Tag Archives: photography

Have kid. Will travel.

If ever there’s one thing I’ve dreaded, it’s traveling with a kid. Mine or anybody else’s. I took a trip last year to Toronto and found myself sitting next to a lady and her 6 month old son. It didn’t go well. The kid cried for 8 hours straight, the mother was helpless, trying everything, from feeding to bouncing to distracting with toys. Nothing seemed to work. It took all my self control to not perform a vasectomy on my myself using those silly plastic airplane knives. That bad.

Fast forward to January 2012 and it was time to take a trip ourselves. We planned a trip to Dubai for my wife’s 30th birthday and we were taking our 7 month old daughter with us. Cold feet. Now, to be certain, our daughter is not a cranky kid by any means but she’s moody like me – She can snap if things don’t go her way (no paternity test required here). So, it was our turn now. Would we be the hapless parents trying to pacify our child or would we be the savvy, self assured, comfortable parents who know what to do? Time will tell of course. But to help anyone out there who’s probably trying to find tips on how to fly with a little kid, here are a few :

1. Priority :

Remember, the holiday should be centered around the kid. Choose a place the kid will enjoy. And if the kid is way too young (as in our case), choose a place that would be most convenient and also where the kid can observe and learn. We chose Dubai because of the relatively short flying time (approx 3 hours), making it a good trial run for trips in the future. Also, food and language aren’t a problem in Dubai so if you need something quickly, you aren’t lost in the woods.

2. Hotel and airline tickets :

Once you’re certain of the destination, it’s time to book the hotel and airline tickets.

For the airline, I would really suggest you step up, use all your miles (or savings) to fly business class. It’s really no fun camping out with an infant. Kiss your backpacking through Europe days goodbye. The reason I’m recommending business or first is that you’ll begin to appreciate more space once you have someone little with you. Also, the check-in lines are shorter, the immigration lines are shorter and you have more baggage allowance. If your kid cries and you can barely shift in your seat, it becomes really hard to nurse the child. So, if you need to, start saving up now.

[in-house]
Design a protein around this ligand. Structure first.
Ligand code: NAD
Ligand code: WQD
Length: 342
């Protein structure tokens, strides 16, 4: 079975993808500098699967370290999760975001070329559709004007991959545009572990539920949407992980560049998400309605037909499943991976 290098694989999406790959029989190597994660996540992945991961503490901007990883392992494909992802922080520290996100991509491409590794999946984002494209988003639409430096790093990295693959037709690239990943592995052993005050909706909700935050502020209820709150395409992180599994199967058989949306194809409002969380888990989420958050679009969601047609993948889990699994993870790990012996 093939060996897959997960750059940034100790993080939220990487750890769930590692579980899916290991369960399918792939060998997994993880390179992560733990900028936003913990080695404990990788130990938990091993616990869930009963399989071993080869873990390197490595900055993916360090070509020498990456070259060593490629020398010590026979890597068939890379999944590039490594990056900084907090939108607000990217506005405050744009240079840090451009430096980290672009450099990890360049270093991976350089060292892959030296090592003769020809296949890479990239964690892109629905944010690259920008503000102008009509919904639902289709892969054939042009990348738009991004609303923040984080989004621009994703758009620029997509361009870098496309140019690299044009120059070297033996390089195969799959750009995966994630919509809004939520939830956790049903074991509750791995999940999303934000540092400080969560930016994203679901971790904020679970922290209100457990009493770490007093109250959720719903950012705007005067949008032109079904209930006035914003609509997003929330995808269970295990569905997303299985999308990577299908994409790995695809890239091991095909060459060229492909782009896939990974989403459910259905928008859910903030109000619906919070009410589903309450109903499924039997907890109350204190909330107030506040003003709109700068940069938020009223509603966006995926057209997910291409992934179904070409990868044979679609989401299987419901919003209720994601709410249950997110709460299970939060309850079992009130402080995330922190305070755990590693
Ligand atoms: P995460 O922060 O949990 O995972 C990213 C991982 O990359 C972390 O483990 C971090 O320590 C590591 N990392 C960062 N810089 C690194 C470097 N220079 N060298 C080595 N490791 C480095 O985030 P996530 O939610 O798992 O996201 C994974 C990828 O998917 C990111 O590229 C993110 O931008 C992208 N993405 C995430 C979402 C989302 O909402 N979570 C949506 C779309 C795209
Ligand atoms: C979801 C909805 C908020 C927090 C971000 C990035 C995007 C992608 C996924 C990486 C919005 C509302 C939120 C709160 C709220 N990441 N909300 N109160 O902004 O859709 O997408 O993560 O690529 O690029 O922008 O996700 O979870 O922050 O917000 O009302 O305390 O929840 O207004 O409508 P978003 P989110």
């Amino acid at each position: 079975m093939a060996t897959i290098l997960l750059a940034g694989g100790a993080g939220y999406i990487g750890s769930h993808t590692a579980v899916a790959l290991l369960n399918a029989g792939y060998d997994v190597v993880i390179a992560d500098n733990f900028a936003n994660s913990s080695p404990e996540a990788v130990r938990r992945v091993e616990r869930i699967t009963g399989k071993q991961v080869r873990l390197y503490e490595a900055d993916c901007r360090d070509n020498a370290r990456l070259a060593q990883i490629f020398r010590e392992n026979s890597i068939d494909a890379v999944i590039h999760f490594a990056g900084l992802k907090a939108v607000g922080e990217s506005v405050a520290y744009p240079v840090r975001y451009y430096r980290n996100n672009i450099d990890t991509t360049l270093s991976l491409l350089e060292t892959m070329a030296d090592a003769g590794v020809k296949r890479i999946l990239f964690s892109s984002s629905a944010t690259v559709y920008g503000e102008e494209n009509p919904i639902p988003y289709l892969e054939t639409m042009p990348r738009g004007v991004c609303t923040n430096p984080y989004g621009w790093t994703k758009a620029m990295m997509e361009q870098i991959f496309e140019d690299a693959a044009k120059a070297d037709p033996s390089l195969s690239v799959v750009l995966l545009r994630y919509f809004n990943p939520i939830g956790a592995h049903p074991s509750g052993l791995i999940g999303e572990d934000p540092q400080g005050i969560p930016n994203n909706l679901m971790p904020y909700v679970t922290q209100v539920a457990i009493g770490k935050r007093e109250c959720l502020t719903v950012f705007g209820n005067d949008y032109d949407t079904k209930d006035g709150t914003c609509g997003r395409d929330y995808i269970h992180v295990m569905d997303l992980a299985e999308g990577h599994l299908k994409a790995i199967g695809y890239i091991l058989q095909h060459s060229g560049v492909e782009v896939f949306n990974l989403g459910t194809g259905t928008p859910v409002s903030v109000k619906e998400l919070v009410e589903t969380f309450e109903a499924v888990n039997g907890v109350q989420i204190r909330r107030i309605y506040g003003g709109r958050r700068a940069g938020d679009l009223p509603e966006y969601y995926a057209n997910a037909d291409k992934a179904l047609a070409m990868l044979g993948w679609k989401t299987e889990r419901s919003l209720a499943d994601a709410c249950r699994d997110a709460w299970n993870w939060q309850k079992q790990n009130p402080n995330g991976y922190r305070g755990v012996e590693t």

Also, once the kid is asleep, maybe you can get a little massage in your seat or even enjoy a glass of wine. You’ll appreciate this more on the return leg of your journey.

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Don’t listen to anyone that says “Stay here, it’s in the heart of the city”. That’s all fine but try and stay in a hotel that’s self-sufficient. Like a resort. A place where you don’t need to leave the premises if you don’t want to. There should be plenty of stuff to do in house, so if you need to rush up to your room and put your kid to sleep or feed the kid or just take a breather yourself, it’s possible. Plus, I’ve noticed that the staff at resorts is way more accommodating than a city hotel. They’d be happy to microwave sipping cups, pull up a high chair or even babysit your kid for a little while till you finish your meal. We found a very kind sous chef who made wonderful khichdi (savory Indian cereal with rice and pulses) for my daughter.

The added advantage of staying in a resort is the presence of other families with kids. That increases the tolerance level of all concerned. Also, seeing other kids is a learning experience in itself, making new friends, seeing how to behave and importantly, how not to.

3. Packing :